6:00 P.M.

Booth rode to Ford's Theatre. He invited several Ford's employees, including Ned Spangler, out for a drink at Taltavul's Star Saloon. Afterwards, he returned to the theater and traveled the route he would use in the assassination. He practiced everything except the leap to the stage. Using a gimlet, he even drilled a small hole in the door in back of where Lincoln would be sitting which would give him a decent view of where Lincoln's head and shoulders would be. (This is disputed by at least one member of the Ford family; see pp. 73-75 of W. Emerson Reck's A. Lincoln: His Last 24 Hours.) Then he went out the back of the theater and returned to the National Hotel to rest and have dinner.


7:00 P.M.

Booth put on black riding boots, new spurs, a black frock coat, black pants, and a black slouch hat. He picked up his diary. Booth carried a compass, a small derringer, and a long hunting knife that could be stuck inside his pants on the left side. Booth loaded the .44-caliber derringer with a lead ball. It was a single shot pistol. At 7:45 he exited the National Hotel.

8:00 P.M.

Booth held one final meeting with his co-conspirators (both the time and location of this meeting is not known for certain). Powell would assassinate Secretary Seward. Herold would guide Powell to Seward's home and help him escape from Washington. (Historians debate whether or not Herold was with Powell at Seward's home.) Atzerodt would shoot Vice-President Johnson. Booth would kill Lincoln. All attacks would take place simultaneously at 10:15 P.M. The entire gang would then meet at the Navy Yard Bridge. From there they would ride to Surrattsville and pick up guns and binoculars at John Lloyd's leased tavern.

9:00 P.M.

Booth arrived at Ford's Theatre in the vicinity of 9:30. He called Ned Spangler to hold his horse in the alley in back of Ford's. Spangler was busy changing sets for the play and asked another employee, a lad named Joseph C. Burroughs, to take care of the mare. Booth went to Taltavul's Star Saloon next to the theater and requested a bottle of whiskey and some water. Another customer said to Booth, "You'll never be the actor your father was." Booth replied, "When I leave the stage, I will be the most famous man in America." (Booth's statement is probably apocryphal.)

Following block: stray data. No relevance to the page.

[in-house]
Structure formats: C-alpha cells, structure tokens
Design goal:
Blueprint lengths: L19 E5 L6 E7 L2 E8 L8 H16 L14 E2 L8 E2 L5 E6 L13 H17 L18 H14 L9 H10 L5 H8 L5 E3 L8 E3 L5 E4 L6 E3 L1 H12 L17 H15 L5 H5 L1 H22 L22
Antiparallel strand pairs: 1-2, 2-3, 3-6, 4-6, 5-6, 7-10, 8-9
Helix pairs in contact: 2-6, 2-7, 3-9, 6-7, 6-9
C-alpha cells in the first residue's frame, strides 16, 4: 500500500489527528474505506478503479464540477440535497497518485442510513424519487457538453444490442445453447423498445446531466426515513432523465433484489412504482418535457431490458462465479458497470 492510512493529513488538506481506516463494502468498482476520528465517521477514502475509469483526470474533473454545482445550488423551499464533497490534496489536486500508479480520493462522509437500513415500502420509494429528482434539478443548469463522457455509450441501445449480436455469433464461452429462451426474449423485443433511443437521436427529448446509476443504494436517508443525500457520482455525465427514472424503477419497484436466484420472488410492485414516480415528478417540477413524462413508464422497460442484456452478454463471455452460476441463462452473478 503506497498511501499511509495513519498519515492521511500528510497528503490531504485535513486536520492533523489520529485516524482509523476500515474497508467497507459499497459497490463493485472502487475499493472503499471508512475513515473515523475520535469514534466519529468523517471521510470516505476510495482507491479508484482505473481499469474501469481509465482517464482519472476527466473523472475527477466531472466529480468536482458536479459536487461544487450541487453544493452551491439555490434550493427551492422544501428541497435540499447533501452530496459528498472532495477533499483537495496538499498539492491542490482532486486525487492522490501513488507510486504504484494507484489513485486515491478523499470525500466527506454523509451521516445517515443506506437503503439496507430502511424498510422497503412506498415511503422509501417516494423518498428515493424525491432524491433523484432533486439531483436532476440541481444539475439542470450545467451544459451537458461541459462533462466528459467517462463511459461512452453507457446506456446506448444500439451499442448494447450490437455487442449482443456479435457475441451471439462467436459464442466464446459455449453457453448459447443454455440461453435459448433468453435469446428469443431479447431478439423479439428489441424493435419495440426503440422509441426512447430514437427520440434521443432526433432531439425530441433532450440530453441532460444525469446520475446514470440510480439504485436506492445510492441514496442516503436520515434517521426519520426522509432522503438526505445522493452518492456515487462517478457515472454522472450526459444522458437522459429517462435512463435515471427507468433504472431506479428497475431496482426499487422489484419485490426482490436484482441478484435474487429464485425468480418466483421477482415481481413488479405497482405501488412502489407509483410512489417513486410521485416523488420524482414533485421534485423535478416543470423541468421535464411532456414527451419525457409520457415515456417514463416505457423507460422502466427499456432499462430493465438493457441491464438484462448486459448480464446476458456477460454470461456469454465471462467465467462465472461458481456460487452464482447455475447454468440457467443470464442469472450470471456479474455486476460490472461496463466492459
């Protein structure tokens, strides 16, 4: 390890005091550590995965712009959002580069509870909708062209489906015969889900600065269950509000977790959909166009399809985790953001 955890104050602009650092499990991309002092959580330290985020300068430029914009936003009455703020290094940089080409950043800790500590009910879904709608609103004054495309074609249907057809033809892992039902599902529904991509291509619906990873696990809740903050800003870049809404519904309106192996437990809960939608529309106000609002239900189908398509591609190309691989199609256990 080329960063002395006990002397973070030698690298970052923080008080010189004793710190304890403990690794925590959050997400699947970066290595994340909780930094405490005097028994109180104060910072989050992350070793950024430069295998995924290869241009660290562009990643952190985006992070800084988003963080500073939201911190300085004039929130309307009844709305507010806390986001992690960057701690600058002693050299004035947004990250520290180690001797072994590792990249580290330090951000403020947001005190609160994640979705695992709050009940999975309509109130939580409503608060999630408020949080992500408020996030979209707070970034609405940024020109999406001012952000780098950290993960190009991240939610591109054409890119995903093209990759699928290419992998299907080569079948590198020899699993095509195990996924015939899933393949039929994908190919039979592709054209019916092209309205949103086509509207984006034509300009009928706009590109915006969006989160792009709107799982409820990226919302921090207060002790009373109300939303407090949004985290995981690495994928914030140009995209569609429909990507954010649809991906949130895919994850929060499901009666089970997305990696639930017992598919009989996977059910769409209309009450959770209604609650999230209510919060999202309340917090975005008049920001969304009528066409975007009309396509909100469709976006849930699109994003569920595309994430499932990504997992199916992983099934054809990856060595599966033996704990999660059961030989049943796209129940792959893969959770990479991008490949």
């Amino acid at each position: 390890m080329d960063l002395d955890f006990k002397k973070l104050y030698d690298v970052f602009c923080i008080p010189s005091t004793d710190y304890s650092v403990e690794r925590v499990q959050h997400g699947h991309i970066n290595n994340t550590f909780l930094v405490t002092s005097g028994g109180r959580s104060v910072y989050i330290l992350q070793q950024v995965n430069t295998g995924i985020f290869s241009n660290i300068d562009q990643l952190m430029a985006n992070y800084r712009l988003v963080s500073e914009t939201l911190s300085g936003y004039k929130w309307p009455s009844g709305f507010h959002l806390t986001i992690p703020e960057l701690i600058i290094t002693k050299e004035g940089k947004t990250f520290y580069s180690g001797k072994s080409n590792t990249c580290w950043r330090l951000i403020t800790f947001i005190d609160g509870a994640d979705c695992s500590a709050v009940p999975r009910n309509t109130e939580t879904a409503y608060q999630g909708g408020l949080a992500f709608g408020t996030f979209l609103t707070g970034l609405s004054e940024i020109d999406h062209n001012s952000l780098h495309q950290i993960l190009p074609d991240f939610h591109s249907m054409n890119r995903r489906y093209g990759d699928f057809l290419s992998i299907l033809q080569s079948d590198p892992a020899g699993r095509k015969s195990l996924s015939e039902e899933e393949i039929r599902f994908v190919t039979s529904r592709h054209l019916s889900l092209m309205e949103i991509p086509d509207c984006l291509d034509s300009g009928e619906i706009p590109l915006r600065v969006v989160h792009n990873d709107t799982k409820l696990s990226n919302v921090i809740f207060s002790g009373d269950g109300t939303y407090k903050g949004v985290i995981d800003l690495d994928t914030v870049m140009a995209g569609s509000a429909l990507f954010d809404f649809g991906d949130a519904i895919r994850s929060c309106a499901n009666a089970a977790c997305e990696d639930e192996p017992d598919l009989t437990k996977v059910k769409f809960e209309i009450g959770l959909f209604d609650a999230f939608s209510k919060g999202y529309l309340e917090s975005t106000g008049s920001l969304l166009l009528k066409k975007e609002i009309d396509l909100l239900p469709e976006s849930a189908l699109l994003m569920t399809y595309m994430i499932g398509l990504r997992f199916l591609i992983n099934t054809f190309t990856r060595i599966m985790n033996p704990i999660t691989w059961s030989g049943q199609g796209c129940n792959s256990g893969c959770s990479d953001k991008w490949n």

Sketch from Frank Leslie's Illustrated Newspaper, May 13, 1865

10:00 P.M.

Booth entered Ford's lobby at about 10:07 P.M. He went up the stairs to the dress circle. He moved slowly even stopping completely to lean back against the wall. Soon Booth could see the white door he needed to enter to get to Lincoln's State Box. Charles Forbes, the president's footman, was seated next to the door and Booth apparently handed him a card. Quietly, Booth then opened the door and entered the dark area in back of the box. It was now between 10:15 P.M. and 10:30 P.M. Booth propped the door shut with the wooden leg of a music stand which he had placed there on one of his earlier visits during the day. Whether Booth actually made the niche in the wall was disputed by at least one member of the Ford family; see pp. 73-75 of W. Emerson Reck's A. Lincoln: His Last 24 Hours.
He then opened an inside door behind where the president was sitting. He put his derringer behind Lincoln's head near the left ear and pulled the trigger. Because of the laughter in the theater, not all patrons heard the shot. Booth may have said, "Sic semper tyrannis!" (Latin for "Thus always to tyrants"; many in the audience thought he said these words after he landed on the stage; not all eyewitnesses agreed on Booth's words or even if there were any.) Major Henry Rathbone, also sitting in the State Box, thought Booth shouted a word that sounded like "Freedom!" Rathbone began wrestling with the assassin, and Booth pulled out his knife and stabbed Rathbone in the left arm.